I came across a really interesting article written by InformationWeek editor Paul McDougall. This article is all about a multi-million-dollar program in which the U.S. will help train a variety of workers in Sri Lanka. In addition to fostering partnerships to educate workers and create jobs in the construction, garment and textiles industries, USAID is also focusing on training 3,000 specialists in IT and related functions.
The article points to a statement posted last week by the U.S. Embassy in Colombo, Sri Lanka, on its Web site, which says that USAID is partnering with BPO and IT and English-language training companies to establish professional IT and English skills development training centers. “Courses in Business Process Outsourcing, Enterprise Java, and English Language Skills will be offered at no charge to over 3,000 under- and unemployed students who will then participate in on-the-job training schemes with private firms,” the embassy said in its statement.
Following their training, according to InformationWeek article, the tech workers will be placed with outsourcing vendors in the region that provide offshore IT and business services to American companies looking to take advantage of the Asian subcontinent’s low labor costs.
From a philosophical point of view, that sounds great (that’s my opinion, mind you). I mean, after all… the United States is a world power and the wealthiest of countries and I believe that it is incumbent upon us to spread our good fortune around when and where we can (I want to emphatically point out that I’m not suggesting we force our way of life on other countries, but just do the right thing and provide aid and assistance). Sri Lanka is a developing economy that is in need of assistance.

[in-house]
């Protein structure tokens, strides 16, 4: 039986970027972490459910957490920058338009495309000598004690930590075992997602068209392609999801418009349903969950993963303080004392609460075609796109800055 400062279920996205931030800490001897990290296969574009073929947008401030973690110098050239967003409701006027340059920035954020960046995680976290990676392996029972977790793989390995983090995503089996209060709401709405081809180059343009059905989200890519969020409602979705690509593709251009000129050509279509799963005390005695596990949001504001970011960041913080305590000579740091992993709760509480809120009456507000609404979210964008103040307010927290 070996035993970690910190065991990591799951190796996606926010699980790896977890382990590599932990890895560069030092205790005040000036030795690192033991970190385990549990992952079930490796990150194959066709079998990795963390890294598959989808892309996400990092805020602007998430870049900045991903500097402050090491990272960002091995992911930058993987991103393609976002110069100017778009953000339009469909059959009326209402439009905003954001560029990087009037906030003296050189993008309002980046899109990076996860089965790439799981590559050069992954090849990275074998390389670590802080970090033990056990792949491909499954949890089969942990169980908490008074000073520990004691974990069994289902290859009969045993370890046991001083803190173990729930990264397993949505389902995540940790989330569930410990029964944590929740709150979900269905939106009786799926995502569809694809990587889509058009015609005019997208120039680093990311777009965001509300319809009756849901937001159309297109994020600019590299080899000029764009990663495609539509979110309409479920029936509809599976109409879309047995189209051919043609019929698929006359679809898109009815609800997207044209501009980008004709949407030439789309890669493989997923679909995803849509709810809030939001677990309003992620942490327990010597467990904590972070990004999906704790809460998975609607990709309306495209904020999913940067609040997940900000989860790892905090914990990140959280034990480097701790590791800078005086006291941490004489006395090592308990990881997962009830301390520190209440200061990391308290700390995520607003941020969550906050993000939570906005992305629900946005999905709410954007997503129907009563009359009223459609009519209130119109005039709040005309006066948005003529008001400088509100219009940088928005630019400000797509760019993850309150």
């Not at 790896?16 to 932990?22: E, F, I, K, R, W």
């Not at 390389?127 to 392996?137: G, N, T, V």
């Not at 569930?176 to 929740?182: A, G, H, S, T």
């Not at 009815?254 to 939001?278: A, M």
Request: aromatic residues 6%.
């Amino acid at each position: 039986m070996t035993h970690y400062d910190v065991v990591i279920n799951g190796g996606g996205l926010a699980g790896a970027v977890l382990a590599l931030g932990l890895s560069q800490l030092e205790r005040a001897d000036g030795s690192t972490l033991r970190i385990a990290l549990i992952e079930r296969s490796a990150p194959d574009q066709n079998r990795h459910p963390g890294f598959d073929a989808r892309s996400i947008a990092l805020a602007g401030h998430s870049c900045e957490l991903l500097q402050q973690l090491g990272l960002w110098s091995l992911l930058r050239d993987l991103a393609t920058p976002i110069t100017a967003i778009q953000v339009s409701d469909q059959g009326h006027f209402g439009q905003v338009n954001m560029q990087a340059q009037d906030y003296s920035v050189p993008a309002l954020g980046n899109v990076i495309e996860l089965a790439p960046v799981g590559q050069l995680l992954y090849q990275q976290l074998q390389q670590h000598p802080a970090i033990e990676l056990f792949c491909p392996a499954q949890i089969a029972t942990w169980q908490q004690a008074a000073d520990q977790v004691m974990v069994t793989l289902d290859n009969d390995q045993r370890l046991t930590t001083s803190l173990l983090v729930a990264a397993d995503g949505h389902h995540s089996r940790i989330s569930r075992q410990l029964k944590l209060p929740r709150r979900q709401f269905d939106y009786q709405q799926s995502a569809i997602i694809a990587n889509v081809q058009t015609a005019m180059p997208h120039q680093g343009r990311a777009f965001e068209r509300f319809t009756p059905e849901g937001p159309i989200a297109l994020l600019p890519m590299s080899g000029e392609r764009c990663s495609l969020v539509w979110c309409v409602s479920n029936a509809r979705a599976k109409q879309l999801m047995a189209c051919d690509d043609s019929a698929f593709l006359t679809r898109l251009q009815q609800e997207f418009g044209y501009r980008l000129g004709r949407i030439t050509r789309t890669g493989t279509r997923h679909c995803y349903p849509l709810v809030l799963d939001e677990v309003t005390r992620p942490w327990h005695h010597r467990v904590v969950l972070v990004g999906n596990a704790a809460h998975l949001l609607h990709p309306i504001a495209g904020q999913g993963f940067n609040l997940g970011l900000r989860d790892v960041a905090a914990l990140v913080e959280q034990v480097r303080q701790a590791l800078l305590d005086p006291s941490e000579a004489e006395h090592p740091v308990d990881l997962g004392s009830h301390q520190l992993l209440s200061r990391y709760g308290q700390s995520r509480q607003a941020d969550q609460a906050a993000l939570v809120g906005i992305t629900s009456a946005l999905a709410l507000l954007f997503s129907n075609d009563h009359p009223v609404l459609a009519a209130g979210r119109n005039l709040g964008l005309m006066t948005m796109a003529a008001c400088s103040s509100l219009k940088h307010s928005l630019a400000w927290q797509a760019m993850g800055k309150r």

According to information on the U.S. State Department’s Web site, war and terrorism ravaged the country from 1983 until 2009, when the Sri Lankan government declared victory after more than 26 years of civil conflict with the Liberation Tigers of Tamil Eelam (LTTE), an armed separatist group. LTTE remains on the U.S. list of designated terrorist organizations, according to the state department.
Sri Lanka, of course, draws lots of tourists to its beaches. But it was its beaches and coastal areas of eastern, southern, and southwestern Sri Lanka that suffered severe damage and loss of life as a result of the Asian Tsunami in 2004.
But McDougall’s article (whom, by the way, I have the utmost respect for; I worked with McDougall for a number of years in a past life and he’s a smart and talented journalist), discusses the USAID initiative in the context of President Obama’s pledge to retain more high-tech jobs in the U.S. To further make that connection, the article adds that the $22 million program in Sri Lanka is being overseen by USAID director Rajiv Shah, an Obama appointee asked in January head USAID. Shah, who has held senior positions at the Bill & Melinda Gates Foundation, said at his swearing-in ceremony that USAID needs to focus more on helping developing nations build technology-based economies, the article notes.
Take what you will from that connection. I’m not opposed to adding context to news, and I agree that there is a bit of the “left hand doesn’t know what the right hand is doing” sorta thing going on. I mean, Congress is debating a bill that’s aimed at closing loopholes that encourage offshoring, while USAID is funding an offshore market. I get that.
But is this something we should jump up and down about, stomp our feet in protest, and otherwise criticize? Is this really about the U.S. is grooming Sri Lanka to steal IT jobs from us by helping the poor country build up its nascent outsourcing industry? I think not. But, as always, I’m interested in your point of view. What say you, readers? Is USAID, in this case, good or bad?